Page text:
# Some help understanding colour depth

Hi! So, the lecture made me try to look into colour depth for the first time and really try to figure out what’s what. I’ve read a few articles and the general understanding started to come into focus but there are a few things left that I would really appreciate some help understanding.

First off, it maybe be my misunderstanding here, but the lecture made it look like at first we were talking about texture resolution (as in X pixels by X pixels), not texture colour depth…? I mean, pixels were addressed followed by the examples of textures often being “1 by 1, or 2 by 2, or 4 by 4 …or 256 by 256 (pixels…?)”. And the latter was then called 8 bit. However from what I understand colour depth is all about the maximum number of colours possible for an image of particular depth, while the image can potentially be of any resolution. I’m sorry if I’m not making much sense, this one single part of the lecture has me very confused. I would be glad if someone could explain to me just what it is that’s I’m not getting here. Maybe it was never about the pixel resolution of the texture and I just got it wrong? If that’s the case it would all start to make sense because other that this I pretty much figured out how colour depth works.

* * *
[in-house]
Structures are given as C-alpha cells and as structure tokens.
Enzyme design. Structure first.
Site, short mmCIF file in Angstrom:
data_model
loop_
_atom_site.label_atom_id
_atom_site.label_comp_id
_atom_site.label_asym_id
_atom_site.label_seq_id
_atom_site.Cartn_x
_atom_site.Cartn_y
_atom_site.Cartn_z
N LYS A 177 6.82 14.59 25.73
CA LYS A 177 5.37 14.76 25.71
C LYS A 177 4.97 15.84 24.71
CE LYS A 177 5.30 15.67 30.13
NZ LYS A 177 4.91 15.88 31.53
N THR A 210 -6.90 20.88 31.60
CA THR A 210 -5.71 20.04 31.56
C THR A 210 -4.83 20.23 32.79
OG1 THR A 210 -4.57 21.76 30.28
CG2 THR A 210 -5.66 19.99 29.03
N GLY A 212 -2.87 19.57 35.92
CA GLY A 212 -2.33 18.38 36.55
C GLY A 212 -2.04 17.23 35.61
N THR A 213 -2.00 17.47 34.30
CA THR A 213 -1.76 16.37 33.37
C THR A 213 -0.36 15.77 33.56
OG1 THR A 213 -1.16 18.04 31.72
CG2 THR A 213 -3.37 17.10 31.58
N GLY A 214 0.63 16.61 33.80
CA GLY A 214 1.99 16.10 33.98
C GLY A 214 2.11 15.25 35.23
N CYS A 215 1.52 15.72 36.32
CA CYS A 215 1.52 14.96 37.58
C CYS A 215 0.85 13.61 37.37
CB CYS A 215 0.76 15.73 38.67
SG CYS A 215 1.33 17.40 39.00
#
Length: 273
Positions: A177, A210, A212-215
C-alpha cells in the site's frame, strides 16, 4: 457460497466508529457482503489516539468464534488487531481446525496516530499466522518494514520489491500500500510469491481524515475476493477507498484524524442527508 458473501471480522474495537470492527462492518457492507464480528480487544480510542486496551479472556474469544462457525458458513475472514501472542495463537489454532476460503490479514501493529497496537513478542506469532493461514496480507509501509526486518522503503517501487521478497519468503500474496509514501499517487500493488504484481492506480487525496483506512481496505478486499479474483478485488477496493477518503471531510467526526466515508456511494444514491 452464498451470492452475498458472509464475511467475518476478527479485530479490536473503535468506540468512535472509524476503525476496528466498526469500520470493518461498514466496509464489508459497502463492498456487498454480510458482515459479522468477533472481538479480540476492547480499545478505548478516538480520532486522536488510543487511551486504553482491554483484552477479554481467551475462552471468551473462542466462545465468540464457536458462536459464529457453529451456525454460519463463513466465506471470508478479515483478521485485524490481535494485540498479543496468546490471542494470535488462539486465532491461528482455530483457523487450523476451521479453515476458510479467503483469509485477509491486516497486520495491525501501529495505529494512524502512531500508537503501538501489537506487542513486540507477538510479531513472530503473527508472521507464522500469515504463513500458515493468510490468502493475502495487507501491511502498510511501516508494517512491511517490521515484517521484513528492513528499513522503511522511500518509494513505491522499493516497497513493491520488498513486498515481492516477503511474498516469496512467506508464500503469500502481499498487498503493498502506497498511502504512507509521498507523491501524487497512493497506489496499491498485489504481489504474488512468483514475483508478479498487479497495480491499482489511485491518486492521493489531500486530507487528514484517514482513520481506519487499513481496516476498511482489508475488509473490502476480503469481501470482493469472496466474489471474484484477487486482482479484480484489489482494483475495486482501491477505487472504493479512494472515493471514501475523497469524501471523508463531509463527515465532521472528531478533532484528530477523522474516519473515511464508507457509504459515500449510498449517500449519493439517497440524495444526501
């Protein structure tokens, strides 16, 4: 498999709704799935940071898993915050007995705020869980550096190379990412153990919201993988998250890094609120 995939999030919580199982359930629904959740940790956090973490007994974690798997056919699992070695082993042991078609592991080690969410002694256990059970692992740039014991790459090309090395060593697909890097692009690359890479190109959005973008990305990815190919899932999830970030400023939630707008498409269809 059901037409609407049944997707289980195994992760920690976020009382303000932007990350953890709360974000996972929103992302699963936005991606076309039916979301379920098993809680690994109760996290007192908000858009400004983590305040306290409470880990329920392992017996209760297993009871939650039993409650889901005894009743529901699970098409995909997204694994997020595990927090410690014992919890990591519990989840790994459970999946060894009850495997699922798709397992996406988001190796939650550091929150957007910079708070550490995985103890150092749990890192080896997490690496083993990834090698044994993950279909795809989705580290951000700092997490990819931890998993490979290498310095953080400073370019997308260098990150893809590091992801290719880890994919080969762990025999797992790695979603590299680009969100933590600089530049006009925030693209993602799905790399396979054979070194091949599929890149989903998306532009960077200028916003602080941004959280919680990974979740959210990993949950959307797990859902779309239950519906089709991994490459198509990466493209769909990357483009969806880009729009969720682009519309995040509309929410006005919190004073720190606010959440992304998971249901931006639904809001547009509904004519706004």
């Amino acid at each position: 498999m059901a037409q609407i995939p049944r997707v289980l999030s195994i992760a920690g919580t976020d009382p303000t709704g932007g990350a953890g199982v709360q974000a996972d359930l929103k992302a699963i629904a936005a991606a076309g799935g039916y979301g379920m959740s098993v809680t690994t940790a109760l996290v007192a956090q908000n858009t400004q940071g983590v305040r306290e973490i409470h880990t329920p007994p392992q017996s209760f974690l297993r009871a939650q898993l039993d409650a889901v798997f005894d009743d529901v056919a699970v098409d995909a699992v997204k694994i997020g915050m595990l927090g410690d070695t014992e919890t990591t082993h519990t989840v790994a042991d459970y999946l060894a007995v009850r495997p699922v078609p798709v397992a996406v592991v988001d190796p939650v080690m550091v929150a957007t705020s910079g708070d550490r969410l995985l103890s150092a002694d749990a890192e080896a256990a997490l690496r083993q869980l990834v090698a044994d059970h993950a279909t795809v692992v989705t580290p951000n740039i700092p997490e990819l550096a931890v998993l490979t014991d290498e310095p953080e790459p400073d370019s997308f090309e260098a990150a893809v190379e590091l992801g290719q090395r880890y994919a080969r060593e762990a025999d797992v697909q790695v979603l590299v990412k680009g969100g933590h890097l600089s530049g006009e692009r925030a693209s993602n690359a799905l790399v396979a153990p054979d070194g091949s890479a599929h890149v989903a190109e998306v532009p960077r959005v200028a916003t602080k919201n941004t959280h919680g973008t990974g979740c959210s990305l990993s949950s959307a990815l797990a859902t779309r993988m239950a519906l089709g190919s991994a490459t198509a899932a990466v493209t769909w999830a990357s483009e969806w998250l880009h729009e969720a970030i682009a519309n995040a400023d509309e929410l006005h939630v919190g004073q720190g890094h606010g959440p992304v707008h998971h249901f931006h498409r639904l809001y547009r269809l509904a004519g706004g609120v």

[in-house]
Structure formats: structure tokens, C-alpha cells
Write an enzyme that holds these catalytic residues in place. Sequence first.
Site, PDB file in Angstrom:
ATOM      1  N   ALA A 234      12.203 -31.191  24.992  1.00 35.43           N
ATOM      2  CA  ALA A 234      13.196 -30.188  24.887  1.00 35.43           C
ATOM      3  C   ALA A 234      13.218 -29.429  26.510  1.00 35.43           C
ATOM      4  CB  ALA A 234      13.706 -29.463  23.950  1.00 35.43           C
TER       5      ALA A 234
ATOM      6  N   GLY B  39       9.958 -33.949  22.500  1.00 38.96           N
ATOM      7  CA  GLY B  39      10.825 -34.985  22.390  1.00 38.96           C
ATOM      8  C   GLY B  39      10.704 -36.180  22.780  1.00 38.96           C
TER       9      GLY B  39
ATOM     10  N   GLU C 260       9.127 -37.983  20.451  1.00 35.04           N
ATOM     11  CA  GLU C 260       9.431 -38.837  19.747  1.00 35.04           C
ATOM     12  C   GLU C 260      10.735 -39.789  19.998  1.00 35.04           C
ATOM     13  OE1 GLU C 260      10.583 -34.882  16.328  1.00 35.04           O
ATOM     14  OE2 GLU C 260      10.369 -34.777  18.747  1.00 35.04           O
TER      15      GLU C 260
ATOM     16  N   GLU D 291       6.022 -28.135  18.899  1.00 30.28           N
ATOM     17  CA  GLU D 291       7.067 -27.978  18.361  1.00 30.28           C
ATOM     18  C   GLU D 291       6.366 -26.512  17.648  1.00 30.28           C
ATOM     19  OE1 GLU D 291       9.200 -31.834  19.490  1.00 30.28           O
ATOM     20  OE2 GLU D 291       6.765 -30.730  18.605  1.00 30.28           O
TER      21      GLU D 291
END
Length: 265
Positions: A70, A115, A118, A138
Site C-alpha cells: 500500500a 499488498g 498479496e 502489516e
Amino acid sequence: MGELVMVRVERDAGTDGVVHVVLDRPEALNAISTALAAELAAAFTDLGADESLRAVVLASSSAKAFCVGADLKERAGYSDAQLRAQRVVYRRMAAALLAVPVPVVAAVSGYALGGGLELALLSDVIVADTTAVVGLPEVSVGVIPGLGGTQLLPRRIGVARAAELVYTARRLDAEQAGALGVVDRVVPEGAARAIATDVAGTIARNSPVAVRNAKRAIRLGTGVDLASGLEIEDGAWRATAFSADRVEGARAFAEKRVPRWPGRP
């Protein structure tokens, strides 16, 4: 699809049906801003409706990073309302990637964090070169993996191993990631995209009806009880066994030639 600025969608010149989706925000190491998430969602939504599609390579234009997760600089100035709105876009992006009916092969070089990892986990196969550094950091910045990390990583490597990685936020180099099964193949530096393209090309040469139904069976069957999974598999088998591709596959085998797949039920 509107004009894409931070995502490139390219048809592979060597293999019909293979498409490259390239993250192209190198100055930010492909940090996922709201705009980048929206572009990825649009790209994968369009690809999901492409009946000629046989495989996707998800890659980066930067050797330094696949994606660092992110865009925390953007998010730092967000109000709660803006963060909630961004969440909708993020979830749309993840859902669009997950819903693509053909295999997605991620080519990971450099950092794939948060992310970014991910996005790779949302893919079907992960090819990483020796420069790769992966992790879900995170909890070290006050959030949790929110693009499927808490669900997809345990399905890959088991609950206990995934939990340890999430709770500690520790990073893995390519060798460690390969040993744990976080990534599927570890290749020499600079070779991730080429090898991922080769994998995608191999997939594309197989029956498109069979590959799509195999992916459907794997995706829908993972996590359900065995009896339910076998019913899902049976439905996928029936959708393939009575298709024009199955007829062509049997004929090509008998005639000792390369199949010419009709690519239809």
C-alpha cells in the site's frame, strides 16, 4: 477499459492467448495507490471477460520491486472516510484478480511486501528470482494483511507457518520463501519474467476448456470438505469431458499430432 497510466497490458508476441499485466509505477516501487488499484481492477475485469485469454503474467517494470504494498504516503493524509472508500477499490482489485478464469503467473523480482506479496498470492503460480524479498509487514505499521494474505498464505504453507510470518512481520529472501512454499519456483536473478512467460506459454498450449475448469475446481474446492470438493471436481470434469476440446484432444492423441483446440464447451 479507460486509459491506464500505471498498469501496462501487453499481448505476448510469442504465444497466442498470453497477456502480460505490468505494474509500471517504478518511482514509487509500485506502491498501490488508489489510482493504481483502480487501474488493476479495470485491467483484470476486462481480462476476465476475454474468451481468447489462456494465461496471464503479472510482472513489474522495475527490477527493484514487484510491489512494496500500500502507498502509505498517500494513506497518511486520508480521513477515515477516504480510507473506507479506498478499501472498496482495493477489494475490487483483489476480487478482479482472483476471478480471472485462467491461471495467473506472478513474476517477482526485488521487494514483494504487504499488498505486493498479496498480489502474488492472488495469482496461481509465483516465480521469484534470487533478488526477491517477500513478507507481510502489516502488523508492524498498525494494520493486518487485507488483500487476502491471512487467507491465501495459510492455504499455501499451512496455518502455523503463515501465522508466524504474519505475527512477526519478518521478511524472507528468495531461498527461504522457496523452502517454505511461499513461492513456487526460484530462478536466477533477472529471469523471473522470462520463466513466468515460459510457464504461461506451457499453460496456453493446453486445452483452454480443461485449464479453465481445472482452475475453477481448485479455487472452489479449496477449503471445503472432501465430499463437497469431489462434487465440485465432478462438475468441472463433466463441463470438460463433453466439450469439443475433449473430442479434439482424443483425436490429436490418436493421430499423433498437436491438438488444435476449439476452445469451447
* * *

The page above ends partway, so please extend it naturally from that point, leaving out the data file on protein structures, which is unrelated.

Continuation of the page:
Another thing that’s confusing is that 8 bit from what understood is quite a lot of colours. I mean, if that’s 256 per colour channel, that gives 256(R)*256(G)*256(B)= around 16 million colours. I found out that all this time JPEG images have all been 8 bit and they look fine (except maybe slight banding of darker colours where an otherwise smooth gradient would be). What makes me wonder here is that when you google “8 bit”, or for example “8 bit games” you get the screenshots with an obviously very limited colour palette (like Super Mario or Donkey Kong etc.) This feels contradictory to the 16 million colours I’ve calculated before and I just can’t stop trying to crack this puzzle. If there’s someone out there who understands this better than I do, please be so kind as to help me out! Thank you!

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Not sure exactly what I can explain to you.

The image dimension for a screen is done in pixels.
One pixel has a color value and sometimes an alpha transparency value (or even more info).
depending on the image standard you’ve chosen; GIF, JPG, PNG, TIFF, RAW …

If you count all pixels in a row, you get the density of the image. Like 72 dots per inch (DPI). Which was an old monitor (tv) standard.